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Post Info TOPIC: Hurricane Rita-Hurricane Humberto Fire Hazard Awareness


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Hurricane Rita-Hurricane Humberto Fire Hazard Awareness

Two Hurricanes In Less Than Two Years In Beaumont / SE Texas
Are Post-Storm
Properties More Susceptible To Fire Risk?

Potentially Compromised Electrical Components 

Straight sustained high winds, 15-20% mph higher gusts, hopping twisters, sidewinder twisters, tornados, downbursts, and microburst winds.

Storm winds shake structures, throw debris, and push rain/water into houses, schools, businesses and other structures, and can create a immediate fire hazard, or a potentially delayed hazard.


Water is a natural solvent, and water is a natural bridge for electricity to cross
, and wiring and/or an outlet affected just so can cause a short and arcing that can catch surrounding material on fire.

Too, power "surges" into a structure, on a daily basis, because of intensity of usage. For example, more power flow is needed as electrical water heaters, AC, washer/dryer, and etc. are used, and less is needed when those items are idle.

A electrician explained that rising and falling electrical demand cause the main lead wires (into a strucures main electrical service "box") to expand and contract, causing the area around the set screws that hold them snug, to loosen, which causes the leads to have the potential to short out / arc. He recommended that the set screws be inspected and tightened every 5 years.

Besides that issue, what about storm damaged structures that are in areas that the electricity has been lost due to downed power lines, and then when the power grid comes back on-line, power surges throughout neighborhoods?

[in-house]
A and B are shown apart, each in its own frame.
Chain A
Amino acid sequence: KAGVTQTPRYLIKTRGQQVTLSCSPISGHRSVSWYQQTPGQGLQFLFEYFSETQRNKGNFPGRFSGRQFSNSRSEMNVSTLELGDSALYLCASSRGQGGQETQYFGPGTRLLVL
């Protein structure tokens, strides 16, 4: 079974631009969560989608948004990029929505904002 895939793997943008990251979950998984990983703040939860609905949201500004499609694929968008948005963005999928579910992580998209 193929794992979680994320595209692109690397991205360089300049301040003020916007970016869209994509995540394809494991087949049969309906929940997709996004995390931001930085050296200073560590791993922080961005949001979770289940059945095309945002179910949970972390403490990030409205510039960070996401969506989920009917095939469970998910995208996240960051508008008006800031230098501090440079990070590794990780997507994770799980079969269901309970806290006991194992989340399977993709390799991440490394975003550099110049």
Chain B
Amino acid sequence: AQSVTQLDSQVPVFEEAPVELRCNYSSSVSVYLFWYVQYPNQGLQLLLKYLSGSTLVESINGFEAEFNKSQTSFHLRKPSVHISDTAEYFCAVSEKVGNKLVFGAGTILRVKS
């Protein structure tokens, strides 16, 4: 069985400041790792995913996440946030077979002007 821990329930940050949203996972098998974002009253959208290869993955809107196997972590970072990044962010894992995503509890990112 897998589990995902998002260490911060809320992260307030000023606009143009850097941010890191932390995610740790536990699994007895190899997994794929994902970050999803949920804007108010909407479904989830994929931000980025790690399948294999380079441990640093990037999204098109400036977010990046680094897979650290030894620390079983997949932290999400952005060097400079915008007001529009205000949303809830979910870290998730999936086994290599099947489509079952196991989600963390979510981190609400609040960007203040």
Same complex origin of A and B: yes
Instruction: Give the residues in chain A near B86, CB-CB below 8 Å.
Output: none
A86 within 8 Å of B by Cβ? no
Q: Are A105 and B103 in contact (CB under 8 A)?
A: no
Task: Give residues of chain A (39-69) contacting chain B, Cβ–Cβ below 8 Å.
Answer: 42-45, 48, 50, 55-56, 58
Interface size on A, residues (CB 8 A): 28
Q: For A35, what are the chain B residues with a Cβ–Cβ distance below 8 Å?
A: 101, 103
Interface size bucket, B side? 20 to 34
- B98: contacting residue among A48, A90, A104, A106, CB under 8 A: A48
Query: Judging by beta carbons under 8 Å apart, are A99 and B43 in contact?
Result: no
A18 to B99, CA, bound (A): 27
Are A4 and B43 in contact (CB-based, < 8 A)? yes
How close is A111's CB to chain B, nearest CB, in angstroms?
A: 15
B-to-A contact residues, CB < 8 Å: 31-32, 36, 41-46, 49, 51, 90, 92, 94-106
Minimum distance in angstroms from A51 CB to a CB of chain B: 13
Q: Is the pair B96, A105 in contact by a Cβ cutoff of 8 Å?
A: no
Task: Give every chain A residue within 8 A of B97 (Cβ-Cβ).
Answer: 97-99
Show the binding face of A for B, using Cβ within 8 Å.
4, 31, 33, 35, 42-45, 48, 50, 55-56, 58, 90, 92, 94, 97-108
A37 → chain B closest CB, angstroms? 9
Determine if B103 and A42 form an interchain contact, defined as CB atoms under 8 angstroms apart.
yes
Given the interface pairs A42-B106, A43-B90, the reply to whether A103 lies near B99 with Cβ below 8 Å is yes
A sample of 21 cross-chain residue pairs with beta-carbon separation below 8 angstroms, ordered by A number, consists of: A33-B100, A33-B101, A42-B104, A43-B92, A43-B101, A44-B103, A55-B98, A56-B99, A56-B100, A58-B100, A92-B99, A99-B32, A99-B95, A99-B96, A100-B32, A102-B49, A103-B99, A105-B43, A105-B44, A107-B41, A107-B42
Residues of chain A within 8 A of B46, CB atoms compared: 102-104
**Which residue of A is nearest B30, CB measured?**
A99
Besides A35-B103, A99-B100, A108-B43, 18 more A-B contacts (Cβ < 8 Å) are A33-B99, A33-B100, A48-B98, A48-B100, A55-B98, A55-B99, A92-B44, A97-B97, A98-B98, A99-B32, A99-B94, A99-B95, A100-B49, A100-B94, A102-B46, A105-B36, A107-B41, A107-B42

Does Historical Fire Risk Data Indicate That:

Structural fires happen at higher rates after major and minor wind/rain storms then before the storms?

Older and/or certain structures are higher risk?

Certain areas are at higher risk?

Because of high wind and salt water penetration, and corrosion, structures in areas closer to the ocean / gulf are at higher risk?

Electrical wiring, outlets, and other electrical components inside and outside of structures are "stressed" by power surges, and can short out and arc?

Unaddressed weather proofing of post-storm affected structures allows ambient moisture to  overwhelm  and corrode electrical components and fixtures in modest income homes?

A relaxed approach to addressing post-storm water damage and building maintenance, and continued water penetration, to private and public structures, exists?

Mandatory electrical flow measurement inspections should be conducted on public and private structures after major storms?

Public assistance funding should be available for modest income households that need/want to be checked for fire risk?

Fire departments can produce mature post-storm fire risk/incident data for developing cost effective electrical fire prevention protocols?



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